Joseph Fultz, now living retired at Rantoul, has had a career filled with labors and ministrations of kindness, and has done what good he could as he went through the world. The practical side of his career has been as a farmer, and for a number of years he served as a local minister of the Methodist Church, a work of inestimable value which cannot be measured by any ordinary human standards.

Mr. Fultz was born in Washington County, Indiana, a son of Frederick and Mary Fultz, the former a native of Virginia and the latter of Indiana. Frederick Fultz was twice married, had eight children by his first wife and seven by the second. Joseph Fultz was the youngest of the first family. He was carefully reared, had a common school education and became a farmer even before he reached his majority.

At the age of twenty-one Joseph Fultz married Mary Bottorff, daughter of James and Lydia Bottorff, both of whom were born near New Albany, Indiana. James Bottorff was of German parentage. After their marriage Joseph and Mary Fultz began their wedded life on a farm in Washington County, Indiana, and farming was the work which Mr. Fultz pursued in order to provide the advantages and home life of his growing family.

Eight children were born to them, Lewis B., Herman, Ernest, Elsie, Orval, Grover, Goldie and Vesta. All were students in the district schools of Indiana. Herman Fultz married Anna Oliver, located at Salem, Indiana, and had seven children, named Gertrude, Audrey, Ina, Helen, Ruby, Everett and Fred. Lewis B. Fultz, who lives at Mount Pleasant, Michigan, married Viola Bennett, and their children are Chester, Glay, Wayne and Dale. Ernest Fultz, whose home is at Milford, Illinois, married Lottie Hilt, their five children being Claude, Howard, Glen, Carl and Derrel. Elsie married Elmer Bates, their home being in Michigan, and their three children are Marvel, Robert and Murriel. Orval is the wife of Louis Chaney, and they have a son, Victor. Grover married Roma Burkhardt, they live on a farm near Rantoul, and their four children are Clare, Dana, Dorothy and Erma. Goldie is the wife of Henry Sullivan, their home being on a farm near Rantoul, and their one child is Mildred. Vesta is the wife of Ed Gauntt, and they have a farm near Ludlow, Illinois.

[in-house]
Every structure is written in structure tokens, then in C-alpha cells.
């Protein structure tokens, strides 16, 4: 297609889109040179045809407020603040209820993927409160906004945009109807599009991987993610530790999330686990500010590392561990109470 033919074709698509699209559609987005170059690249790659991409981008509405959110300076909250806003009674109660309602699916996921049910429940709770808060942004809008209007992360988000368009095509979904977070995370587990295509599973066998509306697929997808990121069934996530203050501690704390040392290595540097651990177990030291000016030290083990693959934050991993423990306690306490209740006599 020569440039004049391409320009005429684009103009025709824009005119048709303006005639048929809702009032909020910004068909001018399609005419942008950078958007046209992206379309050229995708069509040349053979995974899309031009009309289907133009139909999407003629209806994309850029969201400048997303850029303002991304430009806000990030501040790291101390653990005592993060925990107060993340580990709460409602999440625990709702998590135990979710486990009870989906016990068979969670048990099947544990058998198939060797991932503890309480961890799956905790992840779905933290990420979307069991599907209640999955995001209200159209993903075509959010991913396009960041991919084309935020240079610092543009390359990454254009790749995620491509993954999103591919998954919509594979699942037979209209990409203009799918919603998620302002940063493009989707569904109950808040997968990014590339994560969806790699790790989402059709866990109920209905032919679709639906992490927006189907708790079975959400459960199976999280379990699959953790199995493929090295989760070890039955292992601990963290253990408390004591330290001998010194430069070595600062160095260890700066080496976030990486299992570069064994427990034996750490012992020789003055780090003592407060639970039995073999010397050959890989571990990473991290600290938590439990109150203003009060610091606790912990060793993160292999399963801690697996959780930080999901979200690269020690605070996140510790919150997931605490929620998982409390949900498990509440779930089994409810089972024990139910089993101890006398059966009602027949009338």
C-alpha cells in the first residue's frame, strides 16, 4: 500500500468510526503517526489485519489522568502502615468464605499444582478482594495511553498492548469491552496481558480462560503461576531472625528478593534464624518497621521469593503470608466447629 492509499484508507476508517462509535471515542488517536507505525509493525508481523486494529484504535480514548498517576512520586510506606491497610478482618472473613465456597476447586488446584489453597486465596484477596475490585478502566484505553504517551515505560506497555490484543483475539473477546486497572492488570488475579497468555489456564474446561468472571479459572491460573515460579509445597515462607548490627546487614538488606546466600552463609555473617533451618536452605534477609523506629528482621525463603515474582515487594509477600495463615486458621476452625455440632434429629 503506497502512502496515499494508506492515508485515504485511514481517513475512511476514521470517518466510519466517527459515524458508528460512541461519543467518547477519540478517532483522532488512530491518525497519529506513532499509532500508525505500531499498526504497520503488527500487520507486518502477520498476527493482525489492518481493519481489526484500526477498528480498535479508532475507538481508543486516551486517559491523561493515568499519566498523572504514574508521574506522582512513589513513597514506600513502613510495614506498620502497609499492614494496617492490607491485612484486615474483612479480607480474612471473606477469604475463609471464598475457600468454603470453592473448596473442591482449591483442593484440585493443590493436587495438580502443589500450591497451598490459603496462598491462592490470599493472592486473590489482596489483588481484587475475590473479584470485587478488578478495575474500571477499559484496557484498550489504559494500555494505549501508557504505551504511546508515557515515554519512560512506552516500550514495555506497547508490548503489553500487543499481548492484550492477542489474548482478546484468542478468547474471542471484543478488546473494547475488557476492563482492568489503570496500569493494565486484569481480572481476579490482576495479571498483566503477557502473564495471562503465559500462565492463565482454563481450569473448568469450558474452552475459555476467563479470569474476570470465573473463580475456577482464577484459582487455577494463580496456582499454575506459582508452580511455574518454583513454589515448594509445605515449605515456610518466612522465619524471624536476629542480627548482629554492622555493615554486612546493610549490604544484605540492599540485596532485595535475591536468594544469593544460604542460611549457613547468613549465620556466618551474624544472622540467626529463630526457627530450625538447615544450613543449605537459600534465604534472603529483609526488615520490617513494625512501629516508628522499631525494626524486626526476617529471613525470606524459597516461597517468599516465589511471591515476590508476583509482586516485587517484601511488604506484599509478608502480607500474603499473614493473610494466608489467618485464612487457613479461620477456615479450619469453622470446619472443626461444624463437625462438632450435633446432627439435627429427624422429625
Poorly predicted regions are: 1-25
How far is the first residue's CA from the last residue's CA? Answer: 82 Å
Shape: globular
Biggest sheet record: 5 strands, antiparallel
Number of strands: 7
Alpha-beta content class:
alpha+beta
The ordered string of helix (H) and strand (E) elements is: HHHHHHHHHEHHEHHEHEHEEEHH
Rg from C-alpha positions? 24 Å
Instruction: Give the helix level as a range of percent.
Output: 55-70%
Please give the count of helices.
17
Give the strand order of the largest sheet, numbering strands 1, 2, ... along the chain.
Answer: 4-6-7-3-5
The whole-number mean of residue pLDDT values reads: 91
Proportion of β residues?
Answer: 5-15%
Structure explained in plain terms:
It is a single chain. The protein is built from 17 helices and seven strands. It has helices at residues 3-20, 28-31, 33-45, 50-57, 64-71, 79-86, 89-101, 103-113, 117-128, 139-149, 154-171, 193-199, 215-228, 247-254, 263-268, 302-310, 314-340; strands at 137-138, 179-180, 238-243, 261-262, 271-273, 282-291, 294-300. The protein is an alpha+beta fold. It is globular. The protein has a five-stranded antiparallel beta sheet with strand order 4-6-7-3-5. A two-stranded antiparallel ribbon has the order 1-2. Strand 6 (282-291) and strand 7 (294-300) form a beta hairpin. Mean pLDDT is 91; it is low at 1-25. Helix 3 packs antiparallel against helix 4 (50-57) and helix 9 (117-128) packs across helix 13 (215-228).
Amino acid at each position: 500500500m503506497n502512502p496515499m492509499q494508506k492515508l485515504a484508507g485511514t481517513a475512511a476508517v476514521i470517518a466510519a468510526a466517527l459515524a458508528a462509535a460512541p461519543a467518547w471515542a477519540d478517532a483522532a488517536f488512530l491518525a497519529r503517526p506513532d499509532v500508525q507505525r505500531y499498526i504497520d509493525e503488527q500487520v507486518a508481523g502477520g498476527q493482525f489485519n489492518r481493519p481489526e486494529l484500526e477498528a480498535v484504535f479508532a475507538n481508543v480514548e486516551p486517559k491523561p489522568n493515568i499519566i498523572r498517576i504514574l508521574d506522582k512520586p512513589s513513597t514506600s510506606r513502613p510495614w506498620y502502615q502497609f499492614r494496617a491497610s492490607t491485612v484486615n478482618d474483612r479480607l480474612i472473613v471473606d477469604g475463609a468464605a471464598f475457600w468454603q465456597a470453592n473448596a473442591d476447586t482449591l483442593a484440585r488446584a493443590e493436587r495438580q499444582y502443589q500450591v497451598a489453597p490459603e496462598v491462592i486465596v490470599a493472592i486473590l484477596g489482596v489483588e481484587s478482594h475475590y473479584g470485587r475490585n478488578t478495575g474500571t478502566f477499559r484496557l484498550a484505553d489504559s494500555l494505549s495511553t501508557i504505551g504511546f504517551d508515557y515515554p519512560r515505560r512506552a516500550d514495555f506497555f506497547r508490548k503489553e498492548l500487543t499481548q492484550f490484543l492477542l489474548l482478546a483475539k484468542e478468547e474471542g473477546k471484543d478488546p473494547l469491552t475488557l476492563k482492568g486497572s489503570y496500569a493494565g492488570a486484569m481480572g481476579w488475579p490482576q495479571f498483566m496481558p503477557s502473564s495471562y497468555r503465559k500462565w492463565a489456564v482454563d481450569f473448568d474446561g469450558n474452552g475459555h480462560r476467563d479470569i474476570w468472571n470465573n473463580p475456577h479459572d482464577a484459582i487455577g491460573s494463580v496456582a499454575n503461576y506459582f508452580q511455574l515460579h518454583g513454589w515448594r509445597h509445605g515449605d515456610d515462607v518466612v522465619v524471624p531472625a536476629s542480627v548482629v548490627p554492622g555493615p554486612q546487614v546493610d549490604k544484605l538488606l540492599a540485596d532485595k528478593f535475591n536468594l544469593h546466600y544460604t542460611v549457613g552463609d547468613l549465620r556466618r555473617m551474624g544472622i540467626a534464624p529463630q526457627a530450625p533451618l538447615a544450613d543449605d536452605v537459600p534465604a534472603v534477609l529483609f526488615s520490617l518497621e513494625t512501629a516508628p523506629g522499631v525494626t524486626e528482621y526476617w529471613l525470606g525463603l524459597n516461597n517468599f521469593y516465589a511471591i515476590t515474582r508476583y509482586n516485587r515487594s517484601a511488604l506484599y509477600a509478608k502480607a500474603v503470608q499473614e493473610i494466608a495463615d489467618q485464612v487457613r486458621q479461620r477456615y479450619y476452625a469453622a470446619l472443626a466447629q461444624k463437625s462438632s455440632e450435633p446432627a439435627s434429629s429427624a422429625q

Mr. and Mrs. Fultz strained every effort and made many sacrifices in order that their children might be well reared and well trained for the duties and responsibilities of life. Both Mr. and Mrs. Fultz are active members of the Methodist Episcopal Church, and Mr. Fultz served as church trustee for a number of years. He was a township supervisor in Indiana, and politically he formerly voted as a Democrat but latterly has been a strong and ardent Prohibitionist and foresees in the near future the bright day when America will be committed to temperance, not only locally but nationally.

Mr. Fultz’s father donated land for the first Methodist Episcopal Church in his neighborhood in Washington County, Indiana. The passing years have witnessed three different churches built on the same plot of ground. In 1916 they dedicated a fine chapel. Perhaps the brightest memories of Joseph Fultz are the twelve years of service he gave to the church as local pastor. During that time he not only preached from the pulpit but visited the sick, comforted the dying, baptized the converts, attended funerals, solemnized marriages, and found a host of Christian deeds ready for performance. His good wife shared with him in all these labors, and many a home has blessed their presence.